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Tyler Chatwood helps Angels with arm and bat

Pitcher throws seven scoreless innings in a 7-3 victory over the New York Mets and executes two sacrifice bunts and has a single.

June 19, 2011|By Mike DiGiovanna
  • Angels rookie Tyler Chatwood follows through on a pitch during the seventh inning of an interleague game against the New York Mets at Citi Field on Sunday.
Angels rookie Tyler Chatwood follows through on a pitch during the seventh… (Bill Kostroun / Associated…)

Reporting from New York — It wasn't as impressive as that Aug. 18, 2009, shot of the Cleveland scoreboard showing nine Angels starters hitting .300 or better, but for Tyler Chatwood it was a picture worth 1.000 words.

Sitting atop Chatwood's travel bag after Sunday's 7-3 victory over the New York Mets was a picture of the Citi Field scoreboard, taken after the sixth inning, showing Chatwood hitting 1.000.

As if throwing seven scoreless innings wasn't enough for a 21-year-old pitching his first game in New York, Chatwood also executed sacrifice bunts in his first two at-bats and singled to center field in the sixth inning.

Before Chatwood, a .521 hitter in his senior year at Redlands East Valley High, was pulled for a pinch-hitter in the eighth inning, teammate Russell Branyan had someone snap a photo of the scoreboard so he could give the picture to Chatwood.

"It's neat to see, but it's one swing," Chatwood said. "Everybody gets lucky."

Chatwood was wiped out on a double play after, but he made a significant contribution with his bat in the second inning.

Mark Trumbo and Peter Bourjos opened with singles, and Jeff Mathis struck out. Fully expecting a bunt, the Mets employed the "wheel" play, in which third baseman Justin Turner charged hard and shortstop Jose Reyes covered third.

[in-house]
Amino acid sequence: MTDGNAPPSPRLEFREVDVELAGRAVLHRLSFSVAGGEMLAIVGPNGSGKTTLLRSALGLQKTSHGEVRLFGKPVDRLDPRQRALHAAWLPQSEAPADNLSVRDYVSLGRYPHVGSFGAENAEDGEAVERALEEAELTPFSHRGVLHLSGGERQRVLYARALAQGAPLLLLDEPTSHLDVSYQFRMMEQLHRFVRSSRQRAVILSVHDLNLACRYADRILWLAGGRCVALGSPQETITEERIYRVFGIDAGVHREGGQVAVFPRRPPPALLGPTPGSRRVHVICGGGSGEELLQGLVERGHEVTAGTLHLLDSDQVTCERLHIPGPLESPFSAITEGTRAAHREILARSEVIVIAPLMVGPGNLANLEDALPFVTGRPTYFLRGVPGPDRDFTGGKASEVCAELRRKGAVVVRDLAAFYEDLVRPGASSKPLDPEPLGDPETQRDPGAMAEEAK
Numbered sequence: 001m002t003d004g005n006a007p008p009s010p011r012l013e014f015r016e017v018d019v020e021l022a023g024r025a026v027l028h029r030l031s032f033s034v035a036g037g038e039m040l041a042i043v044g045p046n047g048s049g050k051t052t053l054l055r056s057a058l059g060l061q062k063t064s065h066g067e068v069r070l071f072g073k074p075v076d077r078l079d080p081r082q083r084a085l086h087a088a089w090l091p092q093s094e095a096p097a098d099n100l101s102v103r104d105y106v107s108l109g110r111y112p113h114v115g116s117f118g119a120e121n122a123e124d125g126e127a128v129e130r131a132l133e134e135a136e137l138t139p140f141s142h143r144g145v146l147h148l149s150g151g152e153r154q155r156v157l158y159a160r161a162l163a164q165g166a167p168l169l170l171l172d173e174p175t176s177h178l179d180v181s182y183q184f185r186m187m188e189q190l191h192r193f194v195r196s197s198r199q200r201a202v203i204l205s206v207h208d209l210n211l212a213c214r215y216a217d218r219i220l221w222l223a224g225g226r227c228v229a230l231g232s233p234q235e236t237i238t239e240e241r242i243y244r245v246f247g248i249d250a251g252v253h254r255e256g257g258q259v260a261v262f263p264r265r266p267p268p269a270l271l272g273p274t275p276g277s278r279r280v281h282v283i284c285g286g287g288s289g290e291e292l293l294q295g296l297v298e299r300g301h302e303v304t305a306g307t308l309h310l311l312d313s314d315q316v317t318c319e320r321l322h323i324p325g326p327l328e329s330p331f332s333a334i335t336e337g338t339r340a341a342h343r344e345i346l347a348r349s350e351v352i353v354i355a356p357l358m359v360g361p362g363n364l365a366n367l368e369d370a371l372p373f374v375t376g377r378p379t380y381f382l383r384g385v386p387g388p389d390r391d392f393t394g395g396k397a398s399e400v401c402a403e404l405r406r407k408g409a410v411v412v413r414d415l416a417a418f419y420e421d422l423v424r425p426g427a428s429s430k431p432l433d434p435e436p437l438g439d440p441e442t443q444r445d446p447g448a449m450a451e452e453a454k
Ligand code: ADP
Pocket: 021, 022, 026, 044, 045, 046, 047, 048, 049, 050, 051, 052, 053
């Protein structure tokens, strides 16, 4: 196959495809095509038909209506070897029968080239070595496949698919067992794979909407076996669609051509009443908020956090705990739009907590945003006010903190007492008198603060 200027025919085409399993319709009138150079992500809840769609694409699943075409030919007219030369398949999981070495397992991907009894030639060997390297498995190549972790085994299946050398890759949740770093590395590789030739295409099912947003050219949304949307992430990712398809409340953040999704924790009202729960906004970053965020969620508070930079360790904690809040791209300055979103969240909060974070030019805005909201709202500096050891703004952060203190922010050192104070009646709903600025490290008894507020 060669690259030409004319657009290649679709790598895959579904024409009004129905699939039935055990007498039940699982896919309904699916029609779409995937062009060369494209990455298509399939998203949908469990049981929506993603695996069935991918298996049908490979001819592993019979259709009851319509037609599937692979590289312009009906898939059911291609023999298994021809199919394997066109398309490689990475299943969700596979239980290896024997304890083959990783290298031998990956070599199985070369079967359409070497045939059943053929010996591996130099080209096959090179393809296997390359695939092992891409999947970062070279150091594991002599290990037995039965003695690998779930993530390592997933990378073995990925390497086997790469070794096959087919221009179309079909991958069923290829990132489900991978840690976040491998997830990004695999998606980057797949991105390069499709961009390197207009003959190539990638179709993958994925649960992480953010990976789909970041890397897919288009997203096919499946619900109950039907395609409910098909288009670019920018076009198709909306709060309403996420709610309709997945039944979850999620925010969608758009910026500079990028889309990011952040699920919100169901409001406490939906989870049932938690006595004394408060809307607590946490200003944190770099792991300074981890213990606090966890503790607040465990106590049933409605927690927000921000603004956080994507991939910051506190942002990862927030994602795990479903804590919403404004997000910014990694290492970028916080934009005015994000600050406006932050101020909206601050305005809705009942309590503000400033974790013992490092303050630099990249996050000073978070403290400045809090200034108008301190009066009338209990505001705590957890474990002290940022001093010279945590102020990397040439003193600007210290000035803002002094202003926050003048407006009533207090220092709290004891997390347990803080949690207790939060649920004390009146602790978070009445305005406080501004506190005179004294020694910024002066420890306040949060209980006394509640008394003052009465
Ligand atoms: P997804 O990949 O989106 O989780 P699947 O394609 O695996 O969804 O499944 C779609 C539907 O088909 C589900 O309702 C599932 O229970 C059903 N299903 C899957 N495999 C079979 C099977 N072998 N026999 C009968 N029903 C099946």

But Chatwood beat the strategy by bunting to first instead of third, advancing both runners. Maicer Izturis was hit by a pitch and Erick Aybar hit a three-run triple for a 4-0 lead.

"It's not easy to bunt against a wheel," Manager Mike Scioscia said, "but he got it down the first base side."

That wasn't so much by design.

"I was just trying to get a bunt down, and I was lucky to get it to first," Chatwood said. "But it was good to actually feel like you're helping the team out offensively."

Get well soon

A huge card for Gary Carter, the former Montreal Expos and Mets catcher who was recently diagnosed with Stage 4 brain cancer, was put in the Jackie Robinson Rotunda of Citi Field on Friday night. The card filled so quickly with well wishes from fans it was removed Saturday.

Scioscia, a teammate of Carter on the 1991 Dodgers, did not get a chance to sign the card, "but needless to say, we all want to get word to him that he is in our thoughts and prayers," Scioscia said.

Carter, 57, was rushed to a hospital Thursday after experiencing a serious coughing attack. The Hall of Fame member and former three-sport star at Fullerton Sunny Hills High was treated for bronchitis and released.

Carter hit .255 with 24 home runs and 105 runs batted in 1986 to help the Mets win the World Series.

"Some of his years in Montreal might have slid under the radar of the media and fans, but what he did there was exceptional," Scioscia said. "And he was a force in New York. He'd catch 150 games a year, he hit in the middle of the lineup. He was just a terrific baseball player."

Mendoza Line crossing

There was no parade down Broadway, but Vernon Wells reached a milestone of sorts with a three-hit, three-RBI Sunday that pushed his average to .202, the first time the left fielder has been above .200 since he went one for four in the season opener.

"That's nowhere near where I want to be, but there are plenty of at-bats and games to go," Wells said. "I don't really care what happened before. I just have to move on. Today, I was just trying to take good swings."

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